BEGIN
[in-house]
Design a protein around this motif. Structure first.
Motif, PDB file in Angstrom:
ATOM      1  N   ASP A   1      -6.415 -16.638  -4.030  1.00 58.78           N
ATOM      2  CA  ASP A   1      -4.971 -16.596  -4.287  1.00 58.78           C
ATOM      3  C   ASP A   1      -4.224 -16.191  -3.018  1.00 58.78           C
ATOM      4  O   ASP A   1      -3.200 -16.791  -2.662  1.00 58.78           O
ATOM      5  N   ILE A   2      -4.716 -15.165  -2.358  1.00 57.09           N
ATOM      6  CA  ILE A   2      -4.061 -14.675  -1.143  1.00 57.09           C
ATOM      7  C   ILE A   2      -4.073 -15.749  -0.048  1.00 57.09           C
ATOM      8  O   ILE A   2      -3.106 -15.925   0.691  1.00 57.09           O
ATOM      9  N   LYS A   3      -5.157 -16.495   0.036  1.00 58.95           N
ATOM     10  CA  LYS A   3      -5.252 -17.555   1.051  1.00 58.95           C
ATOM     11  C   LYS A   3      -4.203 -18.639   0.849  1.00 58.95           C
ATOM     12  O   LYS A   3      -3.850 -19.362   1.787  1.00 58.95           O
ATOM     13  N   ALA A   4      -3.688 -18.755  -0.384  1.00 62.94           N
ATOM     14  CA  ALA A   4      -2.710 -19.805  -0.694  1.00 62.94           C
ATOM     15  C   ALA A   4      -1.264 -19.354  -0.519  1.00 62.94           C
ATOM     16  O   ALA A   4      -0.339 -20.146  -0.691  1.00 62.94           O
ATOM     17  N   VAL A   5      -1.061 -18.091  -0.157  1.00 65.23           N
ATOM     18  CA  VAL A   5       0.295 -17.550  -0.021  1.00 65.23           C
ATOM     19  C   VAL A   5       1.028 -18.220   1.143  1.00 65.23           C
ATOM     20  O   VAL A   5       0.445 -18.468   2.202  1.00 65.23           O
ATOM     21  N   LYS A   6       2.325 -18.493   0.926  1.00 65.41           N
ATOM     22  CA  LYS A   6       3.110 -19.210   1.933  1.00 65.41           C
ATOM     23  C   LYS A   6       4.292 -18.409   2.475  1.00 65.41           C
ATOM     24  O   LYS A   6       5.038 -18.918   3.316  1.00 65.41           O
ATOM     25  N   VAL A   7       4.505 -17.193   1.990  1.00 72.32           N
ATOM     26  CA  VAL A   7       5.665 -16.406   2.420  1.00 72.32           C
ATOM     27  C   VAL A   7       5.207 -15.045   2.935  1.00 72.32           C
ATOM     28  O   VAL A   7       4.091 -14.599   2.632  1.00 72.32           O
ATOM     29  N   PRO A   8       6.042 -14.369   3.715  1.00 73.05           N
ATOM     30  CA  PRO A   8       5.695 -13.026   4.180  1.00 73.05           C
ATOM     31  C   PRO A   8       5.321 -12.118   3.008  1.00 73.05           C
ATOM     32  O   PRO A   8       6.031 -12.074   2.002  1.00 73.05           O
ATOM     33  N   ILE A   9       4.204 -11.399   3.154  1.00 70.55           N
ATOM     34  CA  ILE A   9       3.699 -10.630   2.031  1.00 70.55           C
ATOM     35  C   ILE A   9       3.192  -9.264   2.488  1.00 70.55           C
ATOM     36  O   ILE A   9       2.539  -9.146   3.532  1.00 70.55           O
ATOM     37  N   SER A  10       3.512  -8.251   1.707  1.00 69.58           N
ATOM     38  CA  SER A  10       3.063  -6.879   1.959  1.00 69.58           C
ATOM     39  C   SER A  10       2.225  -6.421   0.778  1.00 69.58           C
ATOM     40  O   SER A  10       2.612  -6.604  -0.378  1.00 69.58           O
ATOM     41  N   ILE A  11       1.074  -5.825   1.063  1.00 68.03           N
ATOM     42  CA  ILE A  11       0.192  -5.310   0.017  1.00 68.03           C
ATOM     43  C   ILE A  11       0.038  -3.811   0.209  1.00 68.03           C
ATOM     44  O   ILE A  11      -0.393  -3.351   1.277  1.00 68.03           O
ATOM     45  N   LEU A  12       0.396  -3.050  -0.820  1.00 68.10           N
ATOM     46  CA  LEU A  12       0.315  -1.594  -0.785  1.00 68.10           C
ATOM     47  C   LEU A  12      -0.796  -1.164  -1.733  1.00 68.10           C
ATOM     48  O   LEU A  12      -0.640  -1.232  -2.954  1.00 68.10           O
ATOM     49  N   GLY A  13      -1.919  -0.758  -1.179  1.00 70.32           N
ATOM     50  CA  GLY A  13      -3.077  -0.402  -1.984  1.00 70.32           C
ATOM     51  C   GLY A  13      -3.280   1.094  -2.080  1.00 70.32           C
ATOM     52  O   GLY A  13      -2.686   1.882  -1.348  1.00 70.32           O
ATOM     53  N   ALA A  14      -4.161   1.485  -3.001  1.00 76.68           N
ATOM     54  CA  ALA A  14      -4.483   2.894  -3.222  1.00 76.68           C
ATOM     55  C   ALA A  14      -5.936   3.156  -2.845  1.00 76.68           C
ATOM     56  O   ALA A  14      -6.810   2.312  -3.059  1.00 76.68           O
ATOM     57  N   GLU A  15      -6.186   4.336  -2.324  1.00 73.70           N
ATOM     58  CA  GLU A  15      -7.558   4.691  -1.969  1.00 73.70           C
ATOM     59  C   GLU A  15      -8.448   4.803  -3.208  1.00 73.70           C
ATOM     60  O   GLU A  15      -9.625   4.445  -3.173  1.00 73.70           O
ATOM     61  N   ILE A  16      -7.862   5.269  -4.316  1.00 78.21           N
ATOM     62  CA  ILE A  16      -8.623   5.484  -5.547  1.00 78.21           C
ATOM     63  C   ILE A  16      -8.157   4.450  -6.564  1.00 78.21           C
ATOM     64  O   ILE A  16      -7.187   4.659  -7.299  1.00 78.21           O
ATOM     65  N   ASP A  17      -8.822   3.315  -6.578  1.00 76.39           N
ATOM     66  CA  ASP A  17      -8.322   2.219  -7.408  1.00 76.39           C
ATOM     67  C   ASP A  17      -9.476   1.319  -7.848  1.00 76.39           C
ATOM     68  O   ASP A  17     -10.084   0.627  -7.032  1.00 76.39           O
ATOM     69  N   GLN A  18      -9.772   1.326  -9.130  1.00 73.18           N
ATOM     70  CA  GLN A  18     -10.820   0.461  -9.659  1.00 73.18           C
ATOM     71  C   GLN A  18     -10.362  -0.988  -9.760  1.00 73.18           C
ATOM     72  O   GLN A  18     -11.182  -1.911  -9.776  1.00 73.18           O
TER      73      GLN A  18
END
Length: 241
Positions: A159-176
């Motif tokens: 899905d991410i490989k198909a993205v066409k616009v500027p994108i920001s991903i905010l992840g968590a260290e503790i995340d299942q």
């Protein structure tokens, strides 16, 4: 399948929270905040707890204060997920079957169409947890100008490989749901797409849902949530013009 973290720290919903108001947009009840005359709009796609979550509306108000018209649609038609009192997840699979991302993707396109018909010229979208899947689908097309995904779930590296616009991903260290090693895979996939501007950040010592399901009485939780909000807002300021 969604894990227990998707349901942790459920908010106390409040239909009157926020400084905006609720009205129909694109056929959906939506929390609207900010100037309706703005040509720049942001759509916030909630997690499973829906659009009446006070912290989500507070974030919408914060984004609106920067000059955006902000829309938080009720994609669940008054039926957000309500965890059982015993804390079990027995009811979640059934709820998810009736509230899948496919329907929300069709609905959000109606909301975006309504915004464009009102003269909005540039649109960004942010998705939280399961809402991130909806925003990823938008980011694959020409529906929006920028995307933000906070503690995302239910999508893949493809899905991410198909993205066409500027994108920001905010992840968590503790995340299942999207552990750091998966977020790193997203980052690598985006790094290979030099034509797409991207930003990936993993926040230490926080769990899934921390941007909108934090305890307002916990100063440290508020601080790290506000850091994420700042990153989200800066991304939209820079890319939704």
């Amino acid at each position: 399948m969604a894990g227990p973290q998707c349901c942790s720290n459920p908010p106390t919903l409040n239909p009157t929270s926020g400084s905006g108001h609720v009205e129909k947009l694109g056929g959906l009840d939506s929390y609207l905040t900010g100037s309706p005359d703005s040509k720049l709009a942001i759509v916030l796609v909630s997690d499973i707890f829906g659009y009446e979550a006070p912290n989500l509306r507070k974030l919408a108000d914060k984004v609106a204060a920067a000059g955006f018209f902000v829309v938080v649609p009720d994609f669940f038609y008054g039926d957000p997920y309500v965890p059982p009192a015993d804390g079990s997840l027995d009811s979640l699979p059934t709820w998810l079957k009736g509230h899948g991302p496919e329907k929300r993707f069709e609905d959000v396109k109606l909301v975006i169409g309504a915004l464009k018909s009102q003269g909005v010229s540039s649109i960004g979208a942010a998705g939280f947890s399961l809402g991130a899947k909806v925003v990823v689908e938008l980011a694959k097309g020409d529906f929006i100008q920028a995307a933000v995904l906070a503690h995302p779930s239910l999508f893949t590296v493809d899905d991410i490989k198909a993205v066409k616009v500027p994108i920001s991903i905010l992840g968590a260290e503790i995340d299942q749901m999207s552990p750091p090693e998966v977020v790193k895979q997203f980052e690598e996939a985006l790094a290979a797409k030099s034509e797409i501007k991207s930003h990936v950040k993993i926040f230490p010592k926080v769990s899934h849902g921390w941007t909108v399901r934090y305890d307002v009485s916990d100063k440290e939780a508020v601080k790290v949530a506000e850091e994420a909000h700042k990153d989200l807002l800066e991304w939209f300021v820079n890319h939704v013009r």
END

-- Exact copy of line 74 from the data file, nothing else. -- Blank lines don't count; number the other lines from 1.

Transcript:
ATOM     71  C   GLN A  18     -10.362  -0.988  -9.760  1.00 73.18           C